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Investment and Private Consumption to Boost Indonesia's Growth
JAKARTA, INDONESIA – Underpinned by robust private consumption and improving investment performance, Indonesia’s economy is well positioned to maintain resilience and even achieve higher growth rates this year and in 2014, according to a major Asian Development Bank (ADB) report released today.
ADB’s flagship annual economic publication, Asian Development Outlook (ADO 2013), which forecasts economic trends in the region, says Indonesia’s economy will pick up to 6.4% in 2013, and accelerate to 6.6% in 2014. The forecast assumes that private consumption will quicken in 2013, fueled by rising employment, increase in average minimum wages, and rise in public service wages. Election-related spending during the upcoming parliamentary and presidential elections in 2014 is also predicted to contribute to consumption from the second half of 2013.
Investment, both private and public, looks likely to maintain healthy expansion. Support for this projection comes from the upgrades in sovereign credit ratings, lower interest rates, increased budget allocations for infrastructure, and a lengthening record of good GDP growth.
“On the back of robust consumption, rising investment and increased intraregional trade, Southeast Asia’s growth momentum continues. Indonesia is on a more sustained path of long-term growth. However, this is not a time for complacency. Continued efforts are needed to improve the investment climate, and reduce regulatory uncertainly and red tape,” said Jon D. Lindborg, ADB’s Country Director for Indonesia.
ADO 2013 notes that the country recorded growth of 6.2% in 2012, based on sustained private consumption and stronger investment. Private consumption picked up by 5.3%, the strongest in four years, and it contributed almost half of the total GDP growth on the expenditure growth. It is boosted by increases in employment and wages, as well as lower inflation.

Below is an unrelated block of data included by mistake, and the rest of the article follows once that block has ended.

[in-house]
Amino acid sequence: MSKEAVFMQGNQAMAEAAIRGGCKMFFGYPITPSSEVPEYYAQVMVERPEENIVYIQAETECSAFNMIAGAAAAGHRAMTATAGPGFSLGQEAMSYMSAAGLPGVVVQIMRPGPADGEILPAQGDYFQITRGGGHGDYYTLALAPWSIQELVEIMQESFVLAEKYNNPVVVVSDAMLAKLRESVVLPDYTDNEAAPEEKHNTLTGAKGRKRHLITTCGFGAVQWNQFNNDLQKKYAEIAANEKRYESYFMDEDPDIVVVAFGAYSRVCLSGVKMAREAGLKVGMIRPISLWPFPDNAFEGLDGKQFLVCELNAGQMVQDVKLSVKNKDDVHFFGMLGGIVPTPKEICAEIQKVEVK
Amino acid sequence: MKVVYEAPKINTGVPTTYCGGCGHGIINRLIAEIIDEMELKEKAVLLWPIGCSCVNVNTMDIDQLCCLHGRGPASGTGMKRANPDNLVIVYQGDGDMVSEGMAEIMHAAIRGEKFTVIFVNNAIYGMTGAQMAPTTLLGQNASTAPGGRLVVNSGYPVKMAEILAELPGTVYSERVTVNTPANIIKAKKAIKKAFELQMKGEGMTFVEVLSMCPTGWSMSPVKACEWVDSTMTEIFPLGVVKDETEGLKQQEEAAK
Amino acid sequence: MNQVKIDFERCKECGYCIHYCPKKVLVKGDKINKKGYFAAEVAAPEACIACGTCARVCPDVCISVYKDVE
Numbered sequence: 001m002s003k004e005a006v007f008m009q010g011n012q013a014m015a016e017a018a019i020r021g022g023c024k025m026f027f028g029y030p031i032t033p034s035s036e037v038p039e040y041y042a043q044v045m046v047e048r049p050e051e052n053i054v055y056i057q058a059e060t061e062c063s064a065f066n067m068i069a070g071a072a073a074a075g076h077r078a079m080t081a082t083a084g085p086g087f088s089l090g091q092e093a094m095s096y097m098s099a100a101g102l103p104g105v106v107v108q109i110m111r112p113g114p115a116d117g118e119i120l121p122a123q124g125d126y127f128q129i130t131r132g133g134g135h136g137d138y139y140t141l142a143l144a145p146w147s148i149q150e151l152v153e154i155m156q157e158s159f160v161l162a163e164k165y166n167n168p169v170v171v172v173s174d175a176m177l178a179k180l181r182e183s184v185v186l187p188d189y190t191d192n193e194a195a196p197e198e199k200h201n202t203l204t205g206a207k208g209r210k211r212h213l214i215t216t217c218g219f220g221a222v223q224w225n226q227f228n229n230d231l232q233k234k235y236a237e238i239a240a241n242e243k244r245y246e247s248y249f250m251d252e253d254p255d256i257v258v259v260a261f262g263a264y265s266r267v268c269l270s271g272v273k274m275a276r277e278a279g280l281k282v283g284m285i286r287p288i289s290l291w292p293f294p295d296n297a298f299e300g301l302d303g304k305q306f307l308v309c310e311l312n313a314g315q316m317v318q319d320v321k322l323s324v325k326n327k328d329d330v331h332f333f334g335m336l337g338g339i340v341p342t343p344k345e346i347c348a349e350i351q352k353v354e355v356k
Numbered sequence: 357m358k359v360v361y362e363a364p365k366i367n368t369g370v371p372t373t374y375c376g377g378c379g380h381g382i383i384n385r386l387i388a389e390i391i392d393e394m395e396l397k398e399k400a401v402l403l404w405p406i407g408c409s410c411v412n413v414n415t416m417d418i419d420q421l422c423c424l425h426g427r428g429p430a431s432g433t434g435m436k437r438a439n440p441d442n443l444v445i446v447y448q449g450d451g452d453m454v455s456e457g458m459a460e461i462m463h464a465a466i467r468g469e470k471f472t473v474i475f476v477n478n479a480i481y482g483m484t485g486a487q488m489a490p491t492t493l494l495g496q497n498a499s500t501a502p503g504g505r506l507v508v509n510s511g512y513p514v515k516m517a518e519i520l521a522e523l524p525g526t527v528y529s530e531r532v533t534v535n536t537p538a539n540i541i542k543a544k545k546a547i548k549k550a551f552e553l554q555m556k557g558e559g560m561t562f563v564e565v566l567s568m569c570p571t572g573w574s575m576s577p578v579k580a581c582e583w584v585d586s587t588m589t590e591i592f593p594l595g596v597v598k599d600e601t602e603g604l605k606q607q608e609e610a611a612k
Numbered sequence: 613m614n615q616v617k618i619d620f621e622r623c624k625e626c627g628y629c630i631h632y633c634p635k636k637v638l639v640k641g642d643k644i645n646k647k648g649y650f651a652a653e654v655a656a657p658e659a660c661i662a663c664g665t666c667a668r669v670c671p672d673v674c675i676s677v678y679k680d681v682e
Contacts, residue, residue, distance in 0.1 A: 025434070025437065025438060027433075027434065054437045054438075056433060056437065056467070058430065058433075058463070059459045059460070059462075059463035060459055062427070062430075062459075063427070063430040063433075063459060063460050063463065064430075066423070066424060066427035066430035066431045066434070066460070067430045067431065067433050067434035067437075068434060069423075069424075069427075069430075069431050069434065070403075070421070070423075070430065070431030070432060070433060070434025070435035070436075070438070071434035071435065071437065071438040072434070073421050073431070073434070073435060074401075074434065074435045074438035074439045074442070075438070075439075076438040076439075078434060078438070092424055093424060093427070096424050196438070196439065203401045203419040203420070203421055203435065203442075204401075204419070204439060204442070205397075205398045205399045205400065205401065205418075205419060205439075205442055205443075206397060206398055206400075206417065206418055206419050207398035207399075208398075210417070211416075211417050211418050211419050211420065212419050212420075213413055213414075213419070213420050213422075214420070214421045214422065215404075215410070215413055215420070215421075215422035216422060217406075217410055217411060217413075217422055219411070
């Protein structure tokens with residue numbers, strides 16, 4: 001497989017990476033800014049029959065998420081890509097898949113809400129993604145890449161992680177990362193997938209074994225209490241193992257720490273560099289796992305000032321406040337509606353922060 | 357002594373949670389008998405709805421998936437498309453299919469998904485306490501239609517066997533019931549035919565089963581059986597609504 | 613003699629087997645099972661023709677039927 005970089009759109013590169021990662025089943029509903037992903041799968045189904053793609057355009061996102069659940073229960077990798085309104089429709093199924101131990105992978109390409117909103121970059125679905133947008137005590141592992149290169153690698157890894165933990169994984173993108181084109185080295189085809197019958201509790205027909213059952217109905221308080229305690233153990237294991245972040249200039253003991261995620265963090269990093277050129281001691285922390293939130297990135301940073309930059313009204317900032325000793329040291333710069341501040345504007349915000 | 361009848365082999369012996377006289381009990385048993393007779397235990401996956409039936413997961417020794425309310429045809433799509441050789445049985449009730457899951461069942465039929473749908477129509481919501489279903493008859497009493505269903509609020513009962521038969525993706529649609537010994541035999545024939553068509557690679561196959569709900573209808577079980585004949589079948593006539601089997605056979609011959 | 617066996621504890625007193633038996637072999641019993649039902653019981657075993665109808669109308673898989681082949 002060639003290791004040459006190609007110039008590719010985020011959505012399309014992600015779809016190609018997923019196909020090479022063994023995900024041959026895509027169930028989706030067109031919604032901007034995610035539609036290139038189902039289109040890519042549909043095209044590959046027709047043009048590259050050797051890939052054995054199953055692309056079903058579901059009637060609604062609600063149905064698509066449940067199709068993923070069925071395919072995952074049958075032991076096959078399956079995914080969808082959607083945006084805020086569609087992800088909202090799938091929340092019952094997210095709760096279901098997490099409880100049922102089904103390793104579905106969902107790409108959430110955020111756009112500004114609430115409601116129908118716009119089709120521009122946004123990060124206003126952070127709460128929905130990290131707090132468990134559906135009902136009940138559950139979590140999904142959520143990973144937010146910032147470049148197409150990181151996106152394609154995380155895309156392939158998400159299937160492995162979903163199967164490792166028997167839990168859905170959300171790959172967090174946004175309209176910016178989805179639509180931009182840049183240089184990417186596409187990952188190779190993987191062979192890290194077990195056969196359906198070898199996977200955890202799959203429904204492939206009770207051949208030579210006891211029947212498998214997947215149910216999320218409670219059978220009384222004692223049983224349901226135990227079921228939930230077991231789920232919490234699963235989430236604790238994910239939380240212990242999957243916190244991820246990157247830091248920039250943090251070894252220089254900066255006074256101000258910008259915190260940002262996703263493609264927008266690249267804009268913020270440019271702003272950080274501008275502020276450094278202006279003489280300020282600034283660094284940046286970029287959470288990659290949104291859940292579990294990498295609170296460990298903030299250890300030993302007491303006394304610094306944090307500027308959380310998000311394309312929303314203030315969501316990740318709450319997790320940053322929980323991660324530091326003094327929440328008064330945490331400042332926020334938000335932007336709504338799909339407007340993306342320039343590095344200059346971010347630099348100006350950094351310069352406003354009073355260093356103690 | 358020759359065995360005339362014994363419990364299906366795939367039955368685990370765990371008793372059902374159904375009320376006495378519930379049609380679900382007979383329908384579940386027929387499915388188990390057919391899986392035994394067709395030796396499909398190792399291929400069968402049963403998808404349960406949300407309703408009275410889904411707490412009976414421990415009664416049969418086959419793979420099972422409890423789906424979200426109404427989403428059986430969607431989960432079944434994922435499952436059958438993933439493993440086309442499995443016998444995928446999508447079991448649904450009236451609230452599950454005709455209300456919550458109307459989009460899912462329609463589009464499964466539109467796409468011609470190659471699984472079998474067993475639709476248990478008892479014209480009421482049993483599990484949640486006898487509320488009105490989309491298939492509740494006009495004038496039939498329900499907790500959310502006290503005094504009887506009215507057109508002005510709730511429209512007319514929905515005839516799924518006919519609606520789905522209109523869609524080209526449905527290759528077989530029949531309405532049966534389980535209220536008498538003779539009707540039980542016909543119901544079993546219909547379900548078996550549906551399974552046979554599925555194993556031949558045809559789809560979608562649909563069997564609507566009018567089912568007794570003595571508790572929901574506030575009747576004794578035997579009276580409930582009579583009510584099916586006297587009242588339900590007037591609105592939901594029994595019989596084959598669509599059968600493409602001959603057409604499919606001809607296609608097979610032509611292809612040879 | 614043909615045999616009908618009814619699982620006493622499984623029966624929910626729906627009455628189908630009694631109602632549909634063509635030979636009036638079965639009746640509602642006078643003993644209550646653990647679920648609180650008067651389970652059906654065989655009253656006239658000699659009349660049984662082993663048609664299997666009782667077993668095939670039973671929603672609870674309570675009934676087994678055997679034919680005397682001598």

Fixed investment accelerated to 9.8% in 2012, driven by an improved investment climate, a record of solid economic growth over recent years, and the expansion of credit. As a result, the ratio of fixed capital formation to GDP rose to 33.2%, the highest in at least 20 years. In the public investment sector, the government’s renewed effort can be seen from the rise in capital spending.
The country’s exports are projected to recover moderately in 2013, supported by stronger growth in the People’s Republic of China (PRC) and some other markets. Exports are expected to accelerate further in 2014, as the prospect for growth in other major industrial economies brightens.
The poverty incidence declined by 0.7 percentage point to 11.7% in the 12 months to September 2012, supported by higher wages for agricultural and construction workers, as well as better incomes for farmers. Last year about 2.7 million jobs in the formal sector were generated while jobs in informal sector fell by 1.5 million, indicating continued improvement in the quality of employment.
Meanwhile, inflation is predicted to remain moderate at the level of 5.2% in 2013 and 4.7% in 2014. This forecast is based on the assumption that the government does not raise fuel price in those two years. Inflation would be higher if fuel prices were increased to ease the high cost to the budget of fuel subsidies.
However, some significant challenges for the country’s development remain, including how to ensure that the economic gains benefit all. The report notes that while the 6-year strong economic growth has helped lift 6.4 million people out of poverty, there are still 29 million Indonesians living below the government’s poverty line. In the event of even a slight reduction in their incomes, another 30 million would become poor.
To overcome this challenge, policies must focus on reducing inequality, including sustained efforts to improve public infrastructure, particularly infrastructure that support connectivity and inclusive growth. Weak infrastructure in rural areas and the eastern provinces have hindered economic activity and the growth of employment.
According to ADO 2013, the Indonesian government has a good start in removing obstacles in infrastructure developments. These include the recent completion of regulations for the Land Acquisition law, a significant increase in the central budget allocation for infrastructure development in the eastern provinces, and expansion of some major ports.